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Starch Analysis

What Is Starch

Starch is a polymeric carbohydrate consisting of a large number of glucose units connected by glycosidic bonds, and it is produced by all vegetables as an energy store. It is found in plants (maize, wheat, potato, rice, barley, vegetables, manioc, and sweet potato etc.) and related lower organisms including algae and glaucophytes and is widely present in food and non-food applications. It is one amongst the foremost important organic molecules in human diet. Food is not the sole use of starch. Due to the renewable and biodegradable properties, starch is additionally a suitable raw material in numerous chemical applications such as plastics, detergents, adhesives, additives in cement, coatings etc.

Chemically, starch consists of two varieties of molecules 1) linear and helical amylose and 2) the branched amylopectin. Starch generally contains 20–25% amylose and 75–80% amylopectin, and it slightly varies depending on the sources. Amylose is considered as a semicrystalline biopolymer and is soluble in hot water, while amylopectin is very crystalline and is insoluble in hot water. The chemical structure of starch is shown in Figure 1.

Starch Analysis Figure 1. Chemical structure of starch with amylose and amylopectin units [1]

The properties of starch are widely studied and mostly well-known, however knowledge continues to progress within the understanding of the physicochemical bases of their applications. Binding, thickening, texturing, stabilizing and gelling are a number of the traditional functions of starch. Native starches are perfectly suited to a large variety of applications, food or non-food, where their properties remain irreplaceable. It appeared necessary, in some cases, to boost the performance of the starch and to respond to the requests of customers, giving other improved functionality or behavior: solubility in cold water, more stable viscosity at the variations of temperature, hot fluidity, better stability. This requires to have better knowledge of the properties of starch, such as chain length distribution, the degree of branching, granular distribution, the gelatinization temperature and also the thermal stability of starch. With the comprehensive understanding of the properties of starch, various modifications of starch can be applied to make it possible to obtain easier food preparation, better conservation of food and better stability of food even when heated under severe conditions.

Starch Analysis By Creative Proteomics

As one of the leading companies in the omics field with over years of experience in omics study, Creative Proteomics provides glycomics analysis service customized to your needs. Contact us to discuss your project.

Starch Enzyme Activity
Service NameService ContentTest Method
ADPGDetermination of ADPG activity in samplesChemical Method
GBSSDetermination of ADPG activity in samplesChemical Method
SBEDetermination of SBE activity in samplesChemical Method
SSSDetermination of SSS activity in samplesChemical Method
alpha-amylaseDetermination of alpha-amylase activity in samplesChemical Method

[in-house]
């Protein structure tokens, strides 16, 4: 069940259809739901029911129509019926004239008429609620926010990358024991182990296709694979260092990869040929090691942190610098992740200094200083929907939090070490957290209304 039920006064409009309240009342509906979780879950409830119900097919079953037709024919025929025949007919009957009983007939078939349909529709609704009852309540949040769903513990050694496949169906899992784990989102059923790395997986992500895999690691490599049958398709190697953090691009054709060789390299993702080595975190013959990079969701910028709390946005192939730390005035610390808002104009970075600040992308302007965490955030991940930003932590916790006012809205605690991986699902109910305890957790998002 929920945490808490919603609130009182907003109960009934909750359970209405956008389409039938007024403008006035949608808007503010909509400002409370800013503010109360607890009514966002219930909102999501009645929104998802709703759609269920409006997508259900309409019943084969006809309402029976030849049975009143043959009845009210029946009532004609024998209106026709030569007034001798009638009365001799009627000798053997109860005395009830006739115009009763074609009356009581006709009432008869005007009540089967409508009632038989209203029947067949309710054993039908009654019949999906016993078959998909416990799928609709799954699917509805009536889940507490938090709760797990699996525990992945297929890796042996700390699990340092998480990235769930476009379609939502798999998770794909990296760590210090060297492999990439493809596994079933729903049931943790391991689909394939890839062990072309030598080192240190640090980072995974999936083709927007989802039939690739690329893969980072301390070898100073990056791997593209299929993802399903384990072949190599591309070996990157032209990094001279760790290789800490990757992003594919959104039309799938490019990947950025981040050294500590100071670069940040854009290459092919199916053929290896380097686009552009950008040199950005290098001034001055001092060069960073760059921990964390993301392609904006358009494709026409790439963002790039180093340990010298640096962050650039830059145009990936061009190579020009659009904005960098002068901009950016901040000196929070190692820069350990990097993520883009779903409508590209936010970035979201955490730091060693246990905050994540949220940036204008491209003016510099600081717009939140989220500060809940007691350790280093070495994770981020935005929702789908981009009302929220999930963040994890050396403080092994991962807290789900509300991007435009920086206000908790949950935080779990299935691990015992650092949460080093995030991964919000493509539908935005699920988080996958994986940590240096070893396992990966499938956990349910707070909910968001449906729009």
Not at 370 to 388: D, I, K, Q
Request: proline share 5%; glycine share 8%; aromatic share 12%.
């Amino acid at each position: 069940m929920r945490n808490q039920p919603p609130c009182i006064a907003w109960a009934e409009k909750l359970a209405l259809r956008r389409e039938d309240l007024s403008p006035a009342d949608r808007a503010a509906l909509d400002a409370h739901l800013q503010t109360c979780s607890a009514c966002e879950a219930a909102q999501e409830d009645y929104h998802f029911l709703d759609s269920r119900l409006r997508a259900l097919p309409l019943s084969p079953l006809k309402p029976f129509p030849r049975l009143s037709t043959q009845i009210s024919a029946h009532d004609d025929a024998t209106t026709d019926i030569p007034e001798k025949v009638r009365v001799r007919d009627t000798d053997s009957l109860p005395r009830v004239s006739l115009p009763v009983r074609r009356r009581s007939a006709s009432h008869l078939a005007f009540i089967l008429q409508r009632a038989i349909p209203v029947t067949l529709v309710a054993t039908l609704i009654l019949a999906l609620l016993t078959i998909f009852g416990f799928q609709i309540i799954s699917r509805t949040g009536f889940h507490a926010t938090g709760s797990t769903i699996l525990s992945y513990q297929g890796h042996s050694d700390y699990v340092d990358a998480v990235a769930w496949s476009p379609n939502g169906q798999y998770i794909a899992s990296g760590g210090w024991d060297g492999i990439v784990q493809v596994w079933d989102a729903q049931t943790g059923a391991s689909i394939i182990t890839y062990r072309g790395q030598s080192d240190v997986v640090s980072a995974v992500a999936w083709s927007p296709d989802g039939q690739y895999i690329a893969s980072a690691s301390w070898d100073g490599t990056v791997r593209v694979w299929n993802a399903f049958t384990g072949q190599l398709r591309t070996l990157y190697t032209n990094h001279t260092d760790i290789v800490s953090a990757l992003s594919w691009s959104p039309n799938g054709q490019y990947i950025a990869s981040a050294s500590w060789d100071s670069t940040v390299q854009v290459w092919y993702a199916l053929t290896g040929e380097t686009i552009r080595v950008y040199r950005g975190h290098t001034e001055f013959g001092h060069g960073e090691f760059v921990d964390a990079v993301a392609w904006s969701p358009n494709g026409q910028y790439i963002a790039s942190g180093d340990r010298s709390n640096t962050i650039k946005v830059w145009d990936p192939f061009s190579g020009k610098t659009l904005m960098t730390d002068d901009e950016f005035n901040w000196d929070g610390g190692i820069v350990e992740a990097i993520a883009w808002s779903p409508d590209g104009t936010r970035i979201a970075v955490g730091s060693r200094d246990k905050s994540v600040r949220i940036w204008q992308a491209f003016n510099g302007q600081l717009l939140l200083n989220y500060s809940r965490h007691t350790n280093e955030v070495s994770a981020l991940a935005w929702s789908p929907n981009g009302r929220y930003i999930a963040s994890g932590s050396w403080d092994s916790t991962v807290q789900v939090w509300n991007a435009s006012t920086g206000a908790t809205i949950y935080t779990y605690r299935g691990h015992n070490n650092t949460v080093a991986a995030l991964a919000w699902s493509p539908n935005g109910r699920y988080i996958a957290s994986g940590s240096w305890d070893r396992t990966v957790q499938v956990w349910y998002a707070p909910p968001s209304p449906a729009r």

beta-amylaseDetermination of beta-amylase activity in samplesChemical Method
InvertaseDetermination of invertase activity in samplesChemical Method

Basic Starch Analysis
Service NameService ContentTest Method
Moisture ContentDetermination of moisture content using a rapid moisture testerRapid Moisture Tester
Ash ContentDetermination of ash content using a muffle furnaceNational Standard
Crude Fat ContentDetermination of crude fat content using Soxhlet extractionSoxhlet Extractor
Crude Protein ContentDetermination of crude protein using the Kjeldahl methodKjeldahl Method
Starch DigestibilityAssessment of starch digestion and absorption characteristicsEnzyme Digestion
Starch Phosphorylation LevelMeasurement of starch phosphorylation levelIon Chromatography

Starch Physicochemical Properties and Structural Analysis
Service NameService ContentTest Method
Starch ContentDetermination of starch content in samplesEnzyme Method
Amylose ContentDetermination of amylose content in starchIodine Binding Method, Gel Chromatography
Resistant Starch ContentDetermination of resistant starch in samplesEnzyme Digestion
Molecular Weight DistributionAnalysis of starch molecular weight distributionGPC-RI-MALS
Chain Length DistributionChain length distribution of branched starch (DP6-70)Ion Chromatography
Degree of BranchingMeasurement of G-1.4 and G-1,4,6 linkages in starchNMR Spectroscopy
Polymerization DegreePolymerization degree of glucose chains in starchIon Chromatography
Particle Size DistributionMeasurement of starch particle size and distributionMastersizer 3000
Electron MicroscopyObservation of starch particle morphology by scanning electron microscopyField Emission SEM
XRD Diffraction PatternScanning of starch diffraction pattern using X-ray diffractionX-ray Diffraction
ViscosityMeasurement of starch viscosity changes with temperature using a rapid viscometerRapid Viscosity Analyzer
Gelatinization TemperatureDSC scanning of starch gelatinization temperature and enthalpyDifferential Scanning Calorimetry
Thermal StabilityTGA analysis of starch thermal stabilityThermogravimetric Analysis
Infrared SpectroscopyAnalysis of starch bonding patterns using Fourier-transform infrared spectroscopyFTIR Spectroscopy
Thermal Analysis"Determination of ash content in starch samples and parameters such as protein, fat, and starch carbon-carbon bond decomposition temperature"Thermal Analysis Instrument

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  1. P.M, Visakh. (2014). STARCH-BASED BIONANOCOMPOSITES: PROCESSING AND PROPERTIES Polysaccharide Building Blocks: A Sustainable Approach to the Development of Renewable Biomaterials, First Edition.
* For Research Use Only. Not for use in diagnostic procedures.
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